Exploiting the huge potential for energy savings and resource recovery through wastewater treatment
Approximately 2 percent of the world’s total energy consumption is used for collecting and treating wastewater. Consequently, there is a huge potential for energy savings and energy recovery in wastewater treatment. Considering wastewater as a resource is a relatively new perspective. The organic content in the wastewater can be used as a resource for energy production and phosphorus can be used for fertiliser production with several advantages compared to the application of sewage sludge on agricultural land. Improving a wastewater treatment plant’s energy self-sufficiency and selling surplus energy to the grid can reduce costs for wastewater utilities. Danish wastewater utilities are therefore investing heavily in both energy efficiency and production, and the largest wastewater treatment plants are now net producers of energy.
We invite you to explore solutions related to energy and resource recovery from wastewater in more depth below, find potential partners, catch up on the latest related news and discover real-life case examples of how resource recovery from wastewater can help solve your environmental issues.
Texas is one of the fastest growing states in the U.S. Over time, the increasing population will put a strain on residential and industrial water supply. Furthermore, Texas has experienced frequent periods of drought with extensive consequences for citizens across the state. Reusing the available water resources is thus crucial to sustain a sufficient water supply concurrent with the population growth rate as well as environmental challenges.
Biogas Energy have built an anaerobic digestion (AD) facility at North State Rendering in Oroville, California that is already paying dividends, with uninterrupted biogas generating electricity, fuelling trucks and running boilers. “For a rendering plant, biogas is a natural fit”, says Brian Gannon of Biogas Energy. “North State Rendering were looking for ways to cut […]
Billund BioRefinery (BBR) is a resource recovery plant that integrates urban waste management and wastewater treatment with circular economy. We produce energy, clean water and nutrient rich natural fertilizer, all whilst effectively cleaning all the influent waste streams and protecting the environment.
On a global scale, less than half of all wastewater is collected and less than 20 per cent is treated. This has led to severe environmental degradation of many inland and sea waters around the world. A new edition of a State of Green white paper with brand new cases from around the world provides lessons learned from Danish stakeholders within wastewater treatment, offering inspiration for reaping the benefits of using wastewater as a resource.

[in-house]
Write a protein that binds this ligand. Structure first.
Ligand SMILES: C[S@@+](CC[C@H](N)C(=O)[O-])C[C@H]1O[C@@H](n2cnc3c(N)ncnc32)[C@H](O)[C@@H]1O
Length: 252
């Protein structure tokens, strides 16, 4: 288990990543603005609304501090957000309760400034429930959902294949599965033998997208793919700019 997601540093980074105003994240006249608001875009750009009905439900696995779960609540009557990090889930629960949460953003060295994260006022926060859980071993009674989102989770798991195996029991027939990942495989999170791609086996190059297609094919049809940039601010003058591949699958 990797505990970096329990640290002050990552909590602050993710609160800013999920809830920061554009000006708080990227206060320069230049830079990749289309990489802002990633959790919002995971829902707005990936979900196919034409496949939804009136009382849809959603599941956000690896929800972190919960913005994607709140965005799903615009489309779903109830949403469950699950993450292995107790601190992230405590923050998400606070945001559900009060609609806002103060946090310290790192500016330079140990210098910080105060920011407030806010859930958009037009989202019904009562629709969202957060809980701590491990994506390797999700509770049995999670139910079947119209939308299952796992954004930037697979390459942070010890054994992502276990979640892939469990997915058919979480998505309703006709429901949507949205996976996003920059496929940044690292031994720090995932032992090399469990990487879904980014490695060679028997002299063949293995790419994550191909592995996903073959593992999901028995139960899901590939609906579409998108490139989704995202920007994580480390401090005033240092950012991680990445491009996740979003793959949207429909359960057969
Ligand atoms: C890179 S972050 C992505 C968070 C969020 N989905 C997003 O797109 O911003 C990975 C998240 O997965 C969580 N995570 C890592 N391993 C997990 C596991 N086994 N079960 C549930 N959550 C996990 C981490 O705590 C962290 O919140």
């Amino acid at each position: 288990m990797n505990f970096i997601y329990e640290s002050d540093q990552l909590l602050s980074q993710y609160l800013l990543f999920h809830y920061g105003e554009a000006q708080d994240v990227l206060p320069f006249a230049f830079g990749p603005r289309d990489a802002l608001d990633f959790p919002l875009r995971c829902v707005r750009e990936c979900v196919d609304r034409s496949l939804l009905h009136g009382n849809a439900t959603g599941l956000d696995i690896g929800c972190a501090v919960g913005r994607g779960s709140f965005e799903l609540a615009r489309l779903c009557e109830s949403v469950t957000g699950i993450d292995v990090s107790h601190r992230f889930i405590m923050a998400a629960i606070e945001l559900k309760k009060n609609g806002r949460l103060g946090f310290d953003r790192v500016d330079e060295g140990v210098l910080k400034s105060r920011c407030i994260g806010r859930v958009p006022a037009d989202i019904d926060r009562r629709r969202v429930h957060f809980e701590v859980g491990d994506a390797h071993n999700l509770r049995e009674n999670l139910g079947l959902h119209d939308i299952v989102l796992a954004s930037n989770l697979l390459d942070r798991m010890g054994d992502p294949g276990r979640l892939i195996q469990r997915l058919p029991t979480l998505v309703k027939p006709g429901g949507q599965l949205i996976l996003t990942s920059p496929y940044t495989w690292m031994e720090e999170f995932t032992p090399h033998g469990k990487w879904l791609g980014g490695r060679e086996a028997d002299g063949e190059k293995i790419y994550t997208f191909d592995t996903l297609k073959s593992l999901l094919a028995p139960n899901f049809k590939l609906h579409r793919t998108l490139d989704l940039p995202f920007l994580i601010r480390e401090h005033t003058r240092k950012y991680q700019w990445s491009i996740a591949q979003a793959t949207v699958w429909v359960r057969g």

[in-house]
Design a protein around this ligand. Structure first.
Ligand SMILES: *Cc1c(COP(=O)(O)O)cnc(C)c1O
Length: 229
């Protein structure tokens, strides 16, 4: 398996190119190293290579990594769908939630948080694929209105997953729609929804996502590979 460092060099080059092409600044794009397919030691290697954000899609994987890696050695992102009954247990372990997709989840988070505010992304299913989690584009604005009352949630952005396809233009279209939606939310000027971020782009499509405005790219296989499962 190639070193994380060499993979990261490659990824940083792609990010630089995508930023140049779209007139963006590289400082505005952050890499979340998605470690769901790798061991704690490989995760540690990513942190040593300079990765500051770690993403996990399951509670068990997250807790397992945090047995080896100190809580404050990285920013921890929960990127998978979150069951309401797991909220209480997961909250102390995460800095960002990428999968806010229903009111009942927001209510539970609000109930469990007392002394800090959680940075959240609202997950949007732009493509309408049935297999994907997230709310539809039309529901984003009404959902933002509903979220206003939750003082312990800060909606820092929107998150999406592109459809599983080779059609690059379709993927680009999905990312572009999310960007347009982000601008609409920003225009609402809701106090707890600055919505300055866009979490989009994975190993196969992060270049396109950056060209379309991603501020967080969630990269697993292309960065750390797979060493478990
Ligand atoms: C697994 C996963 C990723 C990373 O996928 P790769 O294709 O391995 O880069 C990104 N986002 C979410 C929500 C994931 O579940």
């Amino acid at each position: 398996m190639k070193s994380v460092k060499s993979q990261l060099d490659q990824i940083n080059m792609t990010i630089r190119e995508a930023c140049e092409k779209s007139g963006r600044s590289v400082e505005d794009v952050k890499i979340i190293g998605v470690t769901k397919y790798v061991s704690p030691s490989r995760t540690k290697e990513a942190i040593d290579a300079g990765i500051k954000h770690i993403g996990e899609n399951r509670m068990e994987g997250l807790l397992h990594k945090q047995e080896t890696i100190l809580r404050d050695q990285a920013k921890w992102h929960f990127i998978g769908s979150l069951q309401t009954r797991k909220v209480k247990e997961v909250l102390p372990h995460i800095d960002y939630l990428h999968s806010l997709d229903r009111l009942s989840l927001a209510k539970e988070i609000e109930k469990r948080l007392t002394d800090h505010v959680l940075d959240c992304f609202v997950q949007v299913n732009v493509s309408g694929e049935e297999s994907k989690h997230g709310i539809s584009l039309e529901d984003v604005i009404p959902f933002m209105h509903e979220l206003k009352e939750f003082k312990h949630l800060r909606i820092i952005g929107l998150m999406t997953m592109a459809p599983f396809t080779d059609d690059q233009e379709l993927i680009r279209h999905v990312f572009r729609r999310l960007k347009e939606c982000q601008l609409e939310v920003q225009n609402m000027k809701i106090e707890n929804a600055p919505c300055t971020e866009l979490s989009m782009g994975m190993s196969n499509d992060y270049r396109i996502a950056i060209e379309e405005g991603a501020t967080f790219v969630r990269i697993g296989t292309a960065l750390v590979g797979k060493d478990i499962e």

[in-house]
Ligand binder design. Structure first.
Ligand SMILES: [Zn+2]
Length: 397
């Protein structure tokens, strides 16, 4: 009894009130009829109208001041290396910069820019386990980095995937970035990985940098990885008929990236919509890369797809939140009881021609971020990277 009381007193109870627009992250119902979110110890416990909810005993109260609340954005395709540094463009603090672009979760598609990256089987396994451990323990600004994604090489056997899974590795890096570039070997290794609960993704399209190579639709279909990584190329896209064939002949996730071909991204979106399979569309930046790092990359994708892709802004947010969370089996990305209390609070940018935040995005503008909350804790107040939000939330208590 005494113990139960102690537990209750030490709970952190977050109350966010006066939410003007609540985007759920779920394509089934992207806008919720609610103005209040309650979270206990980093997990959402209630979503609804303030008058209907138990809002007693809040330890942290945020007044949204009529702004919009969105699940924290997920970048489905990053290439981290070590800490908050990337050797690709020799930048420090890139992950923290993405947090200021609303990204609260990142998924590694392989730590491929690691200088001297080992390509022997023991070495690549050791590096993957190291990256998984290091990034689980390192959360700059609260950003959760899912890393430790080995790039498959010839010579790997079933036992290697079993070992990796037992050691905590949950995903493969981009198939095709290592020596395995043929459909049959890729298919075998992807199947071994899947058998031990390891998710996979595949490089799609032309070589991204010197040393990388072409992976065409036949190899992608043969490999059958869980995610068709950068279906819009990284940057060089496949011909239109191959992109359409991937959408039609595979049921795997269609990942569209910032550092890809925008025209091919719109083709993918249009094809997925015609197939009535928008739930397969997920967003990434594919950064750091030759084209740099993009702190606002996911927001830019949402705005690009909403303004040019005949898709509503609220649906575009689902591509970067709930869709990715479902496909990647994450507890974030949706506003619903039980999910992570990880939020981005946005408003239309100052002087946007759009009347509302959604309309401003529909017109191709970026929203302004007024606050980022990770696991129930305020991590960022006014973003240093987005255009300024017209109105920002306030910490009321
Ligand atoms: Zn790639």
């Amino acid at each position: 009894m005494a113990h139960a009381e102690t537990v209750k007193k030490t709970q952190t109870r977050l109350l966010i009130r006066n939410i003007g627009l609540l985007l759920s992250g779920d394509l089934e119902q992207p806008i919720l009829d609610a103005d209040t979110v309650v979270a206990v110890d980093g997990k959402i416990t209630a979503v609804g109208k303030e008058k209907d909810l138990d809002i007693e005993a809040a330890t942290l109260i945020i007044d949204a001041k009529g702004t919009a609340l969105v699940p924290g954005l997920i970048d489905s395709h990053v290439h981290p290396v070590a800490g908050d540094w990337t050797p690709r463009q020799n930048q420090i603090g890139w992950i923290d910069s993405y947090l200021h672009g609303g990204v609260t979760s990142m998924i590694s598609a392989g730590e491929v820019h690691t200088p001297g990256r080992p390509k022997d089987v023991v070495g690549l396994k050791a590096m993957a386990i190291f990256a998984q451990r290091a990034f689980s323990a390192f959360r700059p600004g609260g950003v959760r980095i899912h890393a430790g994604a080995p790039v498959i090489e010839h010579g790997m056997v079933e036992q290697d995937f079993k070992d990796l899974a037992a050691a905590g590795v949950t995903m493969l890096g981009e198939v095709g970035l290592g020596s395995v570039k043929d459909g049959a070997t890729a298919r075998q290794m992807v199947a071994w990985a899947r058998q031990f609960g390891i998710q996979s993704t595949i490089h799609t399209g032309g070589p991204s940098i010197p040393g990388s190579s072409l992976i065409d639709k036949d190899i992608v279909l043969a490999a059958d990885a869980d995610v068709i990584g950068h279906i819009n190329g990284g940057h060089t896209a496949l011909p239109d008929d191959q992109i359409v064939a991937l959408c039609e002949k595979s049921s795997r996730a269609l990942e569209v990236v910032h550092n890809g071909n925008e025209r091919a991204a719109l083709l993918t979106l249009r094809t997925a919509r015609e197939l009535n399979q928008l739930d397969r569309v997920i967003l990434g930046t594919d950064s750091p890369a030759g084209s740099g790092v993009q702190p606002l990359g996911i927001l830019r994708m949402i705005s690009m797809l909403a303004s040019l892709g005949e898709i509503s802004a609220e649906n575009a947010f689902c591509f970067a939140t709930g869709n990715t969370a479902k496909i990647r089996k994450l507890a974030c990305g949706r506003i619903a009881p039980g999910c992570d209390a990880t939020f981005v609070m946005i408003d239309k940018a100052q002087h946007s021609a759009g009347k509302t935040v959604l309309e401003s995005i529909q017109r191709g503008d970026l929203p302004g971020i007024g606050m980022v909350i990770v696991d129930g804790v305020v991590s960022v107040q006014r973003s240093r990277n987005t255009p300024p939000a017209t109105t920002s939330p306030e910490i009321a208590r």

This project demonstrates how smart cities are built on smart solutions that promote synergies between district heating, district cooling, waste water, ground water and power while benefiting the local community.
With a new masterplan, the Danish water sector is aiming to become climate neutral by 2030. Exporting those solutions could lead to massive global CO2 reductions and safer water worldwide.
Cheap and sustainable district heating. This is the mission of a landmark partnership, HEATman, between district heating companies, universities, technology companies and software providers that was launched in March 2019.
A new heat pump in Copenhagen will collect energy from both wastewater and seawater and test how the energy can be used in district heating. The capacity of the heat pump corresponds to district heating for 1,100 Copenhagen households.
The safe handling of wastewater is essential to public health. Efficient and innovative design of wastewater systems is also a basis for sustainable development. We help our customers choose the optimal financial and most energy efficient solutions within the areas of: Wastewater management Strategic planning Drainage systems Wastewater treatment Operation and maintenance Ramboll has many years […]
Enhanced demands for food production will increase the global demand for fertilisers such as phosphorus. The global sources of phosphorus are limited, and the increased demand will result in rising market prices and a global fight for control over the limited reserves emphasising the need for methods enabling phosphorus recycling. In such a market situation […]